As much as mainstream culture can be toxic, it can only be dealt with in a conscious manner once we have allowed ourselves to fully understand it and learn from it. In this way, we do not shun it, rage against it, cower in fear from it or react to it. Instead, we learn from it and most importantly, grow from it.

Conscious living is not about escaping life and living on a mountain top. It is not living entombed in a protective cave up on the Himalayas. It’s about asking ourselves, “Okay, what does this culture say for me?” How can I wake up while still having to live in this culture?

The masters of spiritual growth and evolution recognize that they are very much part of this Earth and that their true growth needs to happen on this plane, not out of it.

I always say, “you are very much part of this Earth. Your children, even of the most evolved and awakened families: do not raise them as separate of this earth.”

When we are grounded in a state of abundance and see everything as a mirror of us, we feel empowered to integrate those parts that benefit us and leave behind those that do not.

In this manner, we are no longer afraid of our child getting a bad grade, for example, but instead see it as an opportunity to either grow from it or to discard its importance in our life. Every moment then, becomes an invitation for this self-examination: growth or letting-go?

The trick is this: Neither to be blindly puppeteered by culture nor to be rigidly avoidant of it.

 There is a middle way.

You can still send your child to a public school for example, or you can still drive a fancy red Ferrari, for example, and even enjoy both these things, while still staying detached from a lot of what this is associated with. In the case of the public school, we can choose to detach from the parts of public school that do not work for us, such as the pressure on grades, etc. When driving the red Ferrari, we can enjoy its beauty and speed, without getting overtly attached to it’s wealth and status-symbol. In this way, and in every case, we can engage in mainstream life while still finding ways to detach from it’s toxic elements.

The wise are those who are able to recognize what the toxic elements are and what the joyful ones are. We suffer when we ingest its toxic elements without realizing that we even are. This is what causes us to be entrapped without even realizing who it is that holds the puppet strings.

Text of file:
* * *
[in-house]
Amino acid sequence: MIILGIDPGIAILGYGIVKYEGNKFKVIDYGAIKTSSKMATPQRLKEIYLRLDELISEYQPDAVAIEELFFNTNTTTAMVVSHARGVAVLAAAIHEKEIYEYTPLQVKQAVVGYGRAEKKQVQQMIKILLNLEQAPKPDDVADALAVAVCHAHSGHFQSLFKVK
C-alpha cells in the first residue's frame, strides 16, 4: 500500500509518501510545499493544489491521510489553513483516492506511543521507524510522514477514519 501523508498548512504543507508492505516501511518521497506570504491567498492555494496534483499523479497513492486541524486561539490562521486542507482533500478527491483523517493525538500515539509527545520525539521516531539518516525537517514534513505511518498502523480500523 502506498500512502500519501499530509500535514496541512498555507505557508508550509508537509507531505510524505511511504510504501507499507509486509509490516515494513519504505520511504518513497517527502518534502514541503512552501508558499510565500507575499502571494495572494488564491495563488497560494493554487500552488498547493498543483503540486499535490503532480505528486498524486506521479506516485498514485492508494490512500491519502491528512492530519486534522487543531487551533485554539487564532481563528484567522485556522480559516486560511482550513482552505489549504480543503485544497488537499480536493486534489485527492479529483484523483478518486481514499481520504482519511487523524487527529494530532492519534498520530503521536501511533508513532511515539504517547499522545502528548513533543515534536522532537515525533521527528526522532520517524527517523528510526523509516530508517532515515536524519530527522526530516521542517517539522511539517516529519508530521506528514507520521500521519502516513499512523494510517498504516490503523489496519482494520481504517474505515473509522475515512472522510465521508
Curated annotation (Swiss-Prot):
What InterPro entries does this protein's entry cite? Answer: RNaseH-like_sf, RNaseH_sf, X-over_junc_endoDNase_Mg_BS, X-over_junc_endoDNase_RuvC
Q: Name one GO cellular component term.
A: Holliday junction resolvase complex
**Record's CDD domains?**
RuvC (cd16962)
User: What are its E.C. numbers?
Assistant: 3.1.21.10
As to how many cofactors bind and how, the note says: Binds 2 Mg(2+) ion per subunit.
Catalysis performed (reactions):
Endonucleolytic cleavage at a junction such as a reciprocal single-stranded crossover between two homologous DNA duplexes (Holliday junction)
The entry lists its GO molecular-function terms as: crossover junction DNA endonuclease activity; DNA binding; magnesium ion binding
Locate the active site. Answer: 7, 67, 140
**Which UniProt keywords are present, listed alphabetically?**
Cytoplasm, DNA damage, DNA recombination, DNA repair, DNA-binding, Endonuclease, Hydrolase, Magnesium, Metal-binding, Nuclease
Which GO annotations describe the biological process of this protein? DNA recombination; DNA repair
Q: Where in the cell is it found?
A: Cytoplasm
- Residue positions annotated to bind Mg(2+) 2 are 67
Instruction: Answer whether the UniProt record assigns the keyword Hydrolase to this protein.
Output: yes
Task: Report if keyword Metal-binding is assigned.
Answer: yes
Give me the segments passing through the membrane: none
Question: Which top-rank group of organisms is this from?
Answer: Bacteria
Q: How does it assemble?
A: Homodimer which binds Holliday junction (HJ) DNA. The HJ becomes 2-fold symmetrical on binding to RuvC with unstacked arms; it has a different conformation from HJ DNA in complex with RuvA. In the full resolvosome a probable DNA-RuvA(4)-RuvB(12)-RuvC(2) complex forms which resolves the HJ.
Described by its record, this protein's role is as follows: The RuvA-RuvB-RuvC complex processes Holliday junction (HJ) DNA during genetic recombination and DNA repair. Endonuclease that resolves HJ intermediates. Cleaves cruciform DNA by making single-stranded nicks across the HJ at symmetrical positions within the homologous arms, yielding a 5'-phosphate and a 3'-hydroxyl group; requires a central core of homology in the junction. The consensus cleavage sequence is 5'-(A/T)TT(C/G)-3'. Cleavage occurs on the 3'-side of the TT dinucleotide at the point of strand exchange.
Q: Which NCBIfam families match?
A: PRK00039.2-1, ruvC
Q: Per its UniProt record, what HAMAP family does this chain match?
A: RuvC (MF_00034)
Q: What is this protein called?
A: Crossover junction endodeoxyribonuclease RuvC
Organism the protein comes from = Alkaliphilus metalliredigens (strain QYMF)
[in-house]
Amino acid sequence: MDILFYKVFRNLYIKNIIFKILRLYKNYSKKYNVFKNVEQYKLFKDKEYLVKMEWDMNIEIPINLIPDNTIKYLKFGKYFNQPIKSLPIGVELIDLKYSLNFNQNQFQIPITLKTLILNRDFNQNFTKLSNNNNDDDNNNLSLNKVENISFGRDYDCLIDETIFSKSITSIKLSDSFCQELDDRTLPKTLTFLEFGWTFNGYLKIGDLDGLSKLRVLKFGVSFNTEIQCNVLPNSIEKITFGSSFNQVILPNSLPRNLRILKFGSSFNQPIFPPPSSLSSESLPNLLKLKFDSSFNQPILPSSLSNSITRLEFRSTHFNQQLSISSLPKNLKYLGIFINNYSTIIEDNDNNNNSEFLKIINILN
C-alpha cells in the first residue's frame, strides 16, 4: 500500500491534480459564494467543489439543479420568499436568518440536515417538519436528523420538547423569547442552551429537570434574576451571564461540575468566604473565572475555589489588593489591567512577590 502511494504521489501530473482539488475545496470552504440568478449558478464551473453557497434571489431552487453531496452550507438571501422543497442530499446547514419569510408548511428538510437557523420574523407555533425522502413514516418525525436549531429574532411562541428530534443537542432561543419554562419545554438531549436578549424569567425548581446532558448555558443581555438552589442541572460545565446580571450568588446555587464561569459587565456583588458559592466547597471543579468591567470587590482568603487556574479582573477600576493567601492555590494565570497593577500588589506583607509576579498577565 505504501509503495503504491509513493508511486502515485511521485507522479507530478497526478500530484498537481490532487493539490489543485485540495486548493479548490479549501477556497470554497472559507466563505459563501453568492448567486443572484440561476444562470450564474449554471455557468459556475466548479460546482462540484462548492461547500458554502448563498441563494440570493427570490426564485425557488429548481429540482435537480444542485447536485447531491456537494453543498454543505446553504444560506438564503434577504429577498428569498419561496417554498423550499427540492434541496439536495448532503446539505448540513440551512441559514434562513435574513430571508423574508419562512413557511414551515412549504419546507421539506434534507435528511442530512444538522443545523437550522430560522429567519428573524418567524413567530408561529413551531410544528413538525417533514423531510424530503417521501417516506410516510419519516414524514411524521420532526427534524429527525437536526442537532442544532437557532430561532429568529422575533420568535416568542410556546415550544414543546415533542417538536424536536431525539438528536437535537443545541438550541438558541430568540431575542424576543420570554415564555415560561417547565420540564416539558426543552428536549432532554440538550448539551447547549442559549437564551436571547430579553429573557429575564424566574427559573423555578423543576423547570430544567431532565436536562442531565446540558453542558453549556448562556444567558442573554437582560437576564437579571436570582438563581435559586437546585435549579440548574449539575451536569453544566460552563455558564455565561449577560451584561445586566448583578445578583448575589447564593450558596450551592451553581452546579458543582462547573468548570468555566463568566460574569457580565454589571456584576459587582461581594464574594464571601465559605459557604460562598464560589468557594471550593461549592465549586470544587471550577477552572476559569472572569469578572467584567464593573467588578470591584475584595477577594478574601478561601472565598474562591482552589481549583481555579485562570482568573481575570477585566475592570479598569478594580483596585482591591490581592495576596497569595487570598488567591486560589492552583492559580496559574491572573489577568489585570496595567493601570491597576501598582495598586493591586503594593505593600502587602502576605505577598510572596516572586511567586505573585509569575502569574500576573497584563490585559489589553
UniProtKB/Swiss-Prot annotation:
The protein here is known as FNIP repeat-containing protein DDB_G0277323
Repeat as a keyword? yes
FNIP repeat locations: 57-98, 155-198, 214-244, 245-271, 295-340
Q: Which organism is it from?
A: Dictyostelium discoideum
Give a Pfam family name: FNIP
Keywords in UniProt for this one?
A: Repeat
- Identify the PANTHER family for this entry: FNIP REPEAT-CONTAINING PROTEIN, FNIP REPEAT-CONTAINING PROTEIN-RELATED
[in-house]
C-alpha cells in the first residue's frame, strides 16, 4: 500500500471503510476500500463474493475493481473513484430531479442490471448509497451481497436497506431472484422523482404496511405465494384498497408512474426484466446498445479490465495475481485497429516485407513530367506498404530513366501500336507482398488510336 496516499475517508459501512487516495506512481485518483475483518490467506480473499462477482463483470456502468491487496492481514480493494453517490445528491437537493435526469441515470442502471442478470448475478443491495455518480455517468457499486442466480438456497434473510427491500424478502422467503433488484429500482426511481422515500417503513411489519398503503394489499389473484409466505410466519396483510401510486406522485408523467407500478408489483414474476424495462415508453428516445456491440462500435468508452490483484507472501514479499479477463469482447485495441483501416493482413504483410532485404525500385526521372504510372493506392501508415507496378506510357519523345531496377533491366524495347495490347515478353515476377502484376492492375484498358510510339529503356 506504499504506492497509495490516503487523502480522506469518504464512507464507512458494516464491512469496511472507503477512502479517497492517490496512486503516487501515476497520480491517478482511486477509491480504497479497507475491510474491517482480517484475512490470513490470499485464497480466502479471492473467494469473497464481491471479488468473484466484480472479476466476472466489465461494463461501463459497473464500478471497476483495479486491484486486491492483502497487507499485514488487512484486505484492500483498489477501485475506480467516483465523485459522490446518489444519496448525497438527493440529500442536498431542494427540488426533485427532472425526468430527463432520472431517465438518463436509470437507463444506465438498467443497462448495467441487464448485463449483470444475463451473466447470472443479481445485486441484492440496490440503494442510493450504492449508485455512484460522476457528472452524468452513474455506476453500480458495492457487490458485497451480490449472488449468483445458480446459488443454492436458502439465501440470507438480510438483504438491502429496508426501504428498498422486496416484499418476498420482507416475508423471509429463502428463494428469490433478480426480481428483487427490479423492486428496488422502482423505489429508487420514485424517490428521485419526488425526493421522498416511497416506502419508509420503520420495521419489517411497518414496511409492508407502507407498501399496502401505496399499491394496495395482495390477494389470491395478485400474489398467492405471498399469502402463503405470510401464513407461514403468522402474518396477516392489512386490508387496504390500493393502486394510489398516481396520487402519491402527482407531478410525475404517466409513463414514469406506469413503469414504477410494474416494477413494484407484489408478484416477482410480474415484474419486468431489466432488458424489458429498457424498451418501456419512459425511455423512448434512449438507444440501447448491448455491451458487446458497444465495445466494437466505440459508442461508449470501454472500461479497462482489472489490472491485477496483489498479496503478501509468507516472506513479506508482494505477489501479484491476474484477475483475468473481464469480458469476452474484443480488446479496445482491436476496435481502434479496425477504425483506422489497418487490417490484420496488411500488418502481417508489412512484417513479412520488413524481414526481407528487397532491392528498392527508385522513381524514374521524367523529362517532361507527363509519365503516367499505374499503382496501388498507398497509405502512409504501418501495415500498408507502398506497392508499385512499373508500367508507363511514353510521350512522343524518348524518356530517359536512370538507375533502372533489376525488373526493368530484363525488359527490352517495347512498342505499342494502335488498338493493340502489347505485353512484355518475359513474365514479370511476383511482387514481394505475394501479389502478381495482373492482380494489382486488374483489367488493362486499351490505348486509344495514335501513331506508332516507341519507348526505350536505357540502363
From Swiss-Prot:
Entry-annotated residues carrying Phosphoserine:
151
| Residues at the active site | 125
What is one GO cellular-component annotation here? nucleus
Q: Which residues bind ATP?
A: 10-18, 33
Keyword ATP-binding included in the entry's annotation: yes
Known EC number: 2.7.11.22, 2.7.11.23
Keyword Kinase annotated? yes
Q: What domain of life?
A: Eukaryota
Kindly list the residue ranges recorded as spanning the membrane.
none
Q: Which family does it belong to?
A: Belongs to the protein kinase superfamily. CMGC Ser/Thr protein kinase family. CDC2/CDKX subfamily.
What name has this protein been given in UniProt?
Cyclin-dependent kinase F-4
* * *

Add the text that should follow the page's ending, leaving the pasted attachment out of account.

It is important for us to know when we are in the throes of culture. It is almost like culture is a movie and we are in the audience. It is up to us to be engrossed in the movie or not; to be enthralled or not. In fact, we also have a choice to leave the theater altogether.

There is no escaping culture. Culture is here to stay.

The art comes in managing which parts of culture we allow into our homes and psyches.

Ultimately, we are the drivers of our own destiny. We get to choose how to shape our relationship to culture. No one gets that power.

It is only when we enter our own self-awakening and self-empowerment that we will be able to rise above culture and not feel drowned in its clutches. It is here that we will taste true freedom.

It is only when we can be part of this magnificent human life while still being detached from it that we can create the ultimate joyful experience.

It is our task as parents to teach our children that some of the painful realities they will encounter in culture are here to stay. Sometimes it is not “fair.” But when we teach them that they get to choose how to relate to these realities by deciding how they are going to react or not, they get a taste of their own self-mastery and self-resilience.

It is here that they realize that they can fully engage or detach at their own will.

This freedom of choice is intoxicating indeed!